The establishments were affected by hurricanes last year and in 2018, resulting in what he estimates is a six-figure hit between both of them.

More recently, the restaurant closed for six weeks as a result of a directive from Gov. Henry McMaster, and the market also saw slower business. As soon as the coronavirus hit, he saw caterings and parties cancelled.

“And we just came out of a really rough winter,” Hammerman said. “It’s tough. It really is. I’ve been doing this game for 40 years, and it gets kind of weary on a human.”

For a lot of businesses in the city, about 100 to 120 days between Easter and Labor Day are crucial for making money.

Even during a pandemic, Hammerman still has to pay expenses such as rent and workers’ compensation insurance premiums.

Recent violence in Myrtle Beach and the resulting impact on the city’s image doesn’t help, either, he said.

One of the only things that’s given the operation a shot in the arm is a small business loan from the new federal Paycheck Protection Program. Still, finding workers can be hard. With many staying home and collecting unemployment, Hammerman wonders what the impetus is for going back to work.

In response to the virus, local businesses like his are also taking extra precautions.

The Mr. Fish market and restaurant have stepped up sanitation practices and social distancing is maintained.

Hand sanitizer created with guidelines from the World Health Organization is even sold at the market.

Long says his business encourages charter passengers to wear face masks and started limiting charters to 12 passengers.

Looking forward, he and other members of the local fishing industry are hopeful for better days.

Recently, fishers noted they have caught grouper — noting grouper season began at the beginning of May — along with mahi-mahi, wahoo, tuna and vermillion snapper.

Restrictions have begun lifting for seafood restaurants in recent weeks, one of the markets that buy from local commercial fishing operations.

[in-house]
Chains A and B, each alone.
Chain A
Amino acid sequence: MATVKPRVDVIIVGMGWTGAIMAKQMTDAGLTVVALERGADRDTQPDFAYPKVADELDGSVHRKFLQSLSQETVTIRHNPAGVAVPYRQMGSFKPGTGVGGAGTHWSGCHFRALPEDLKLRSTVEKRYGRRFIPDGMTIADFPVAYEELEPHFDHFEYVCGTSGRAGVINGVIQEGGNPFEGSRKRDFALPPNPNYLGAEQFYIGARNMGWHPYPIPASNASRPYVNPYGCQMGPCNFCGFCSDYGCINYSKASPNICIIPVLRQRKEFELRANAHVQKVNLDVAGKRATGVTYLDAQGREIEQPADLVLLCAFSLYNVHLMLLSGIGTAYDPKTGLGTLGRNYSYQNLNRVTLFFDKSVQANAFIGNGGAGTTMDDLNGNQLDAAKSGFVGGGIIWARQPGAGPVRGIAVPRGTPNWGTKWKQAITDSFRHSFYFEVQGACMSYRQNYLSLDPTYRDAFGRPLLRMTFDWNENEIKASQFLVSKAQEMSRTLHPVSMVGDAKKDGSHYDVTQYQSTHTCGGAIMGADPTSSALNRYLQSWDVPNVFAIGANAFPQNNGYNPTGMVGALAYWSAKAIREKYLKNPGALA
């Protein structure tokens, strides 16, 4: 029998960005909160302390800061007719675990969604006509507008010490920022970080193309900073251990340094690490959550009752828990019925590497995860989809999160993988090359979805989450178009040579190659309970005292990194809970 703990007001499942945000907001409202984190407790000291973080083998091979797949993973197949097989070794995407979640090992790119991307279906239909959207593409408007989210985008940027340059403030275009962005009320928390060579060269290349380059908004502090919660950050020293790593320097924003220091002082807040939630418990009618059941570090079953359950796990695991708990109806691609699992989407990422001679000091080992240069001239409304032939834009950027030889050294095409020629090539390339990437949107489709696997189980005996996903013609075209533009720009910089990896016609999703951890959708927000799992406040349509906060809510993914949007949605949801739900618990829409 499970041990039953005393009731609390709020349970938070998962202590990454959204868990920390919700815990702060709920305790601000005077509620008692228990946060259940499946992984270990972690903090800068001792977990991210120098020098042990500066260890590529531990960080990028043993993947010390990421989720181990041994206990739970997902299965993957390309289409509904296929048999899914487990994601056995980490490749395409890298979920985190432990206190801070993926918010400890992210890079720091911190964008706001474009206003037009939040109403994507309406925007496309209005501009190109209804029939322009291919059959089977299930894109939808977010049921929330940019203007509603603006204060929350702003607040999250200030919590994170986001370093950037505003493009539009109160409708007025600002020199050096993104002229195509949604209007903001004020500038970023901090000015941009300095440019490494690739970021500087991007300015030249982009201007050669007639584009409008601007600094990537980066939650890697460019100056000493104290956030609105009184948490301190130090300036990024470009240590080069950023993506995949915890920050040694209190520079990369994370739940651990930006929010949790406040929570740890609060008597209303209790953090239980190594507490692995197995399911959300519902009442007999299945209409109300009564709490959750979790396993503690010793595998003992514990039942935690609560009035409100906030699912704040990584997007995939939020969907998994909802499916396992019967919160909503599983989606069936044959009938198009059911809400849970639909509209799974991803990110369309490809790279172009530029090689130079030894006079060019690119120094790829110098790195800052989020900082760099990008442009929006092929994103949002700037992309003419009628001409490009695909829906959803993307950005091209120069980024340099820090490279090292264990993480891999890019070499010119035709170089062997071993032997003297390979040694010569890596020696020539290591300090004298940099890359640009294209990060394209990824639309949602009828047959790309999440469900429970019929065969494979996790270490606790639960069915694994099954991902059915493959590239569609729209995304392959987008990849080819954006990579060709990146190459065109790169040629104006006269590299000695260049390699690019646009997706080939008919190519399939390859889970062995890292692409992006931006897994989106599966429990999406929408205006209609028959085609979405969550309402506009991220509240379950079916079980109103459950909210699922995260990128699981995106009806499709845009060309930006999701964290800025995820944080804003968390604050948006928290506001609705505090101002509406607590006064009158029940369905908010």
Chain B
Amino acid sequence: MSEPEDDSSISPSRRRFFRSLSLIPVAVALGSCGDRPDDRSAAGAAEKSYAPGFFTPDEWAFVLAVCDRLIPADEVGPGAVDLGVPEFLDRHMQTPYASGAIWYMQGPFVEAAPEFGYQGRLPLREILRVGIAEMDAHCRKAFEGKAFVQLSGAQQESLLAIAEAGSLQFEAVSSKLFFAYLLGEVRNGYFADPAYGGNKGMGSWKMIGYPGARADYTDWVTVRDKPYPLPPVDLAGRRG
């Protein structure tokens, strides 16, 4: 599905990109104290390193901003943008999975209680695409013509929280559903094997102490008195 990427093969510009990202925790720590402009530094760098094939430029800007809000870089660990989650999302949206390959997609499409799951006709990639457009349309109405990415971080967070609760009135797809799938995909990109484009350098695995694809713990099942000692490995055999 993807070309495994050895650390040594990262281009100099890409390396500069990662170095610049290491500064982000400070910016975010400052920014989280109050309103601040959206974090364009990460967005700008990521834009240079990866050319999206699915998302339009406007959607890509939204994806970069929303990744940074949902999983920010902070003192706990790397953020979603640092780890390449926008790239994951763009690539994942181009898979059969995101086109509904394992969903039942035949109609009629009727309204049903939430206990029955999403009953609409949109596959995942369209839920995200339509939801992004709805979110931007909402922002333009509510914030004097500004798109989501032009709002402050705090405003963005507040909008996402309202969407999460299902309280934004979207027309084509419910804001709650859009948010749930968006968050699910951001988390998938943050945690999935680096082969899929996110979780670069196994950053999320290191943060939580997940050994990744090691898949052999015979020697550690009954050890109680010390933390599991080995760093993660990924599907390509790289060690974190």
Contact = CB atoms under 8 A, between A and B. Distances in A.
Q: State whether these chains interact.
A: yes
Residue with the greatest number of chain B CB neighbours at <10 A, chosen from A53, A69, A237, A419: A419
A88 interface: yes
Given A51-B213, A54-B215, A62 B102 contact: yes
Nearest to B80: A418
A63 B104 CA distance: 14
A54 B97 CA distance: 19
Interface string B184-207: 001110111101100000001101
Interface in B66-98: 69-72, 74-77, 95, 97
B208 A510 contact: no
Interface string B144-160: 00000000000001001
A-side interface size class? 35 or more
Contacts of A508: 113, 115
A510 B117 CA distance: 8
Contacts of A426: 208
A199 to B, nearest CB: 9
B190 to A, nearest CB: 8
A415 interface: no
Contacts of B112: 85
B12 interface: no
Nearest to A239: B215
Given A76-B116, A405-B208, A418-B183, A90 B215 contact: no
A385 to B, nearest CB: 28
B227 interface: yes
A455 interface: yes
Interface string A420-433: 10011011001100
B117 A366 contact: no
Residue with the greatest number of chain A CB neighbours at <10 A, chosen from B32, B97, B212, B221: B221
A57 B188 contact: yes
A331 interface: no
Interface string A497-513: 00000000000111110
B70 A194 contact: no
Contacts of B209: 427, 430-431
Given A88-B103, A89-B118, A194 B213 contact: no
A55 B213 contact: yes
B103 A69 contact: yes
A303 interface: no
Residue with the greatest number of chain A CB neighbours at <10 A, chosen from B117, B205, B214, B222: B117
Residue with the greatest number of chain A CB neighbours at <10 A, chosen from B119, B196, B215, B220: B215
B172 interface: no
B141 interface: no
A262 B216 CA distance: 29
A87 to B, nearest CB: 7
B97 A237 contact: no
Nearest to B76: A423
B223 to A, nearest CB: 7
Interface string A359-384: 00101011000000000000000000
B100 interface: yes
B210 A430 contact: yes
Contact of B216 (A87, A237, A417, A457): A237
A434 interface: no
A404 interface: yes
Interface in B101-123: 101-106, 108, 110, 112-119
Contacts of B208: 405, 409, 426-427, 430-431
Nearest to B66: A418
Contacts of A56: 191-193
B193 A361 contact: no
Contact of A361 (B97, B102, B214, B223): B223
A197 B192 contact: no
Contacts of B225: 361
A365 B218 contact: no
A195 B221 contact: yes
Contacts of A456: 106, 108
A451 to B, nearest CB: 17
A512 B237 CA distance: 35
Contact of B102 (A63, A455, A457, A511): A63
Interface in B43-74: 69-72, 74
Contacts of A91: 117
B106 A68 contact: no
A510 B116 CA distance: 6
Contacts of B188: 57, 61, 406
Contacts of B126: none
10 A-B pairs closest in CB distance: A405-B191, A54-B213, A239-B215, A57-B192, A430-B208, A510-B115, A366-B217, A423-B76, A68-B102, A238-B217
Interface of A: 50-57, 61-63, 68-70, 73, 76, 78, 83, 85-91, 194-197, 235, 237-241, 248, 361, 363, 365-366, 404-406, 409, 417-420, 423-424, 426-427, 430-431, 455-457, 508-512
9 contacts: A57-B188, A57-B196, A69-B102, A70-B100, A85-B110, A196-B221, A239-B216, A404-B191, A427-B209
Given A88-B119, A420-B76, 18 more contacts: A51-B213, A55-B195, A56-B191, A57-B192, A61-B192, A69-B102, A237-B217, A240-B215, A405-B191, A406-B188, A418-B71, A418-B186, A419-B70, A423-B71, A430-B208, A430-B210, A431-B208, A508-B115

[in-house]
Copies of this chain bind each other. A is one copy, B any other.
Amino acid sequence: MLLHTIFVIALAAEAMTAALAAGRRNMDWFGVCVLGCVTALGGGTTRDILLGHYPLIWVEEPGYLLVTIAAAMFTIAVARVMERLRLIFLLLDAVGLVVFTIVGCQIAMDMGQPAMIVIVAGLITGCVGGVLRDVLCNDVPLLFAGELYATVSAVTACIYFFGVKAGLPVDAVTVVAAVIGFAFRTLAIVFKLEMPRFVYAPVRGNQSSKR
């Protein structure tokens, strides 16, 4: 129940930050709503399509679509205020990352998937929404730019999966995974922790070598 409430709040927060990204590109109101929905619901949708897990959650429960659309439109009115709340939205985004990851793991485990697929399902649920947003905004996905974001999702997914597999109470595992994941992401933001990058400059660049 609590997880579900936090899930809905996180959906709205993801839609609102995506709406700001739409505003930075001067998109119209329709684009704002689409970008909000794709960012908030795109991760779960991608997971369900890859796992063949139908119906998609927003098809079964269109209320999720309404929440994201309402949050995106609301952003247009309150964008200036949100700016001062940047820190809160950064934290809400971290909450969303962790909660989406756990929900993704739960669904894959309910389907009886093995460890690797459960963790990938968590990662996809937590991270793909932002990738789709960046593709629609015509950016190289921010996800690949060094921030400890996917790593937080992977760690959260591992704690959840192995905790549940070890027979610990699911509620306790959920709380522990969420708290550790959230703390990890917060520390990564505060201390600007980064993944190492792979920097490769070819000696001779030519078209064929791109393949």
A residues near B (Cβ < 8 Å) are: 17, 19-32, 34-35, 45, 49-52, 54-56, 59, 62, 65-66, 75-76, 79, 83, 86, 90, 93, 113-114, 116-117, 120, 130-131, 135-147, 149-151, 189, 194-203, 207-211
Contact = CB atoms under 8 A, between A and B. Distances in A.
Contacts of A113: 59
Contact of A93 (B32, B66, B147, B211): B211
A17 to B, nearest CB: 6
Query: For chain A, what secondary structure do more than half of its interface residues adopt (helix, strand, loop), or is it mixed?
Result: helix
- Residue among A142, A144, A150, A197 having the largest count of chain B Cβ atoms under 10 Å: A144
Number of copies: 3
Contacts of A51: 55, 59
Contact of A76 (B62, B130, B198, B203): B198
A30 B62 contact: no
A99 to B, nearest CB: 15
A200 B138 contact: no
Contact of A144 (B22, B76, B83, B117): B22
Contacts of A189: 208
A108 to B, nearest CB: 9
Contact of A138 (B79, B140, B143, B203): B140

Wicked Inlet recently announced on Facebook the business was pausing its online ordering and home delivery services as tourists came into the area and those eateries opened.

Also, SCDNR announced Tuesday that biologists are forecasting a typical season for shrimp season. Commercial shrimp trawling opened in all legal South Carolina waters at 8 a.m. Wednesday.

“Despite the operational restrictions, market disruptions and uncertainties experienced by the U.S. commercial fishing industry this year due to the ongoing health crisis, Americans have demonstrated a clear demand for fresh local shrimp, and the apparent condition of the shrimp population in South Carolina’s coastal waters holds great promise for a productive fishery to help feed that demand,” a news release from the state agency said.

As for Hammerman’s businesses, they’ve seen a “slow rise” in patronage in recent weeks.

Hammerman said the seafood market’s business picked up significantly when stimulus checks began being issued, “like turning on the switch.”

The Mr. Fish restaurant normally seats 300. Though the business is “not crushing it” with indoor dining suggested to remain at 50% occupancy, that still lets a solid number of customers eat there.

“We’re OK,” he said.

The disruption of product coming in from trucks departing states outside South Carolina as well as from Georgetown is slowly lessening.

Long, the fishing charter captain, said “I know people are still a little weary about coming out and all this other stuff, so I’m hoping this will be a good summer.

“But you never know.”